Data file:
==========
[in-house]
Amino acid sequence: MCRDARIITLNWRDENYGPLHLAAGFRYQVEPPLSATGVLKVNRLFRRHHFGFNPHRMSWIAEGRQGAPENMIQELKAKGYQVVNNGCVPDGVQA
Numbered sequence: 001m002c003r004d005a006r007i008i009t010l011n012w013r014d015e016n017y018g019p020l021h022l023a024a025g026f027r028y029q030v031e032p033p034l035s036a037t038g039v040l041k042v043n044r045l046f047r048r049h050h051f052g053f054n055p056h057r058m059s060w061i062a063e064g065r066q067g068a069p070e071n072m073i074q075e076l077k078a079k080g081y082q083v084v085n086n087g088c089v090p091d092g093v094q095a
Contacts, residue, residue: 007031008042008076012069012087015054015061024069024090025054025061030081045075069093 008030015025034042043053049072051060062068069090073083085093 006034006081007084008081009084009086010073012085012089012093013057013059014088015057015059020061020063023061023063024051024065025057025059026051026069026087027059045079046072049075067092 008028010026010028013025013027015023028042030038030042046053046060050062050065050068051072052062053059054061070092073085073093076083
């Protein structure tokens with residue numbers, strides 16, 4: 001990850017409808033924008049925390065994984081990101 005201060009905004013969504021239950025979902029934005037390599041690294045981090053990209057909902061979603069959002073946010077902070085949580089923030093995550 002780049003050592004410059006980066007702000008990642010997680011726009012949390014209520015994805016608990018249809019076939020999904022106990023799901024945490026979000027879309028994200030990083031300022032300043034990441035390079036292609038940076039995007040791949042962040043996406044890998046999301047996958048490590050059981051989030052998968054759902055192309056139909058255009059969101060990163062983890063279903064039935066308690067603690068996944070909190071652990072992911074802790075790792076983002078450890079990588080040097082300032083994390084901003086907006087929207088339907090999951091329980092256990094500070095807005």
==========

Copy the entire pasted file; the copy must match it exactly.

[in-house]
Amino acid sequence: MCRDARIITLNWRDENYGPLHLAAGFRYQVEPPLSATGVLKVNRLFRRHHFGFNPHRMSWIAEGRQGAPENMIQELKAKGYQVVNNGCVPDGVQA
Numbered sequence: 001m002c003r004d005a006r007i008i009t010l011n012w013r014d015e016n017y018g019p020l021h022l023a024a025g026f027r028y029q030v031e032p033p034l035s036a037t038g039v040l041k042v043n044r045l046f047r048r049h050h051f052g053f054n055p056h057r058m059s060w061i062a063e064g065r066q067g068a069p070e071n072m073i074q075e076l077k078a079k080g081y082q083v084v085n086n087g088c089v090p091d092g093v094q095a
Contacts, residue, residue: 007031008042008076012069012087015054015061024069024090025054025061030081045075069093 008030015025034042043053049072051060062068069090073083085093 006034006081007084008081009084009086010073012085012089012093013057013059014088015057015059020061020063023061023063024051024065025057025059026051026069026087027059045079046072049075067092 008028010026010028013025013027015023028042030038030042046053046060050062050065050068051072052062053059054061070092073085073093076083
């Protein structure tokens with residue numbers, strides 16, 4: 001990850017409808033924008049925390065994984081990101 005201060009905004013969504021239950025979902029934005037390599041690294045981090053990209057909902061979603069959002073946010077902070085949580089923030093995550 002780049003050592004410059006980066007702000008990642010997680011726009012949390014209520015994805016608990018249809019076939020999904022106990023799901024945490026979000027879309028994200030990083031300022032300043034990441035390079036292609038940076039995007040791949042962040043996406044890998046999301047996958048490590050059981051989030052998968054759902055192309056139909058255009059969101060990163062983890063279903064039935066308690067603690068996944070909190071652990072992911074802790075790792076983002078450890079990588080040097082300032083994390084901003086907006087929207088339907090999951091329980092256990094500070095807005």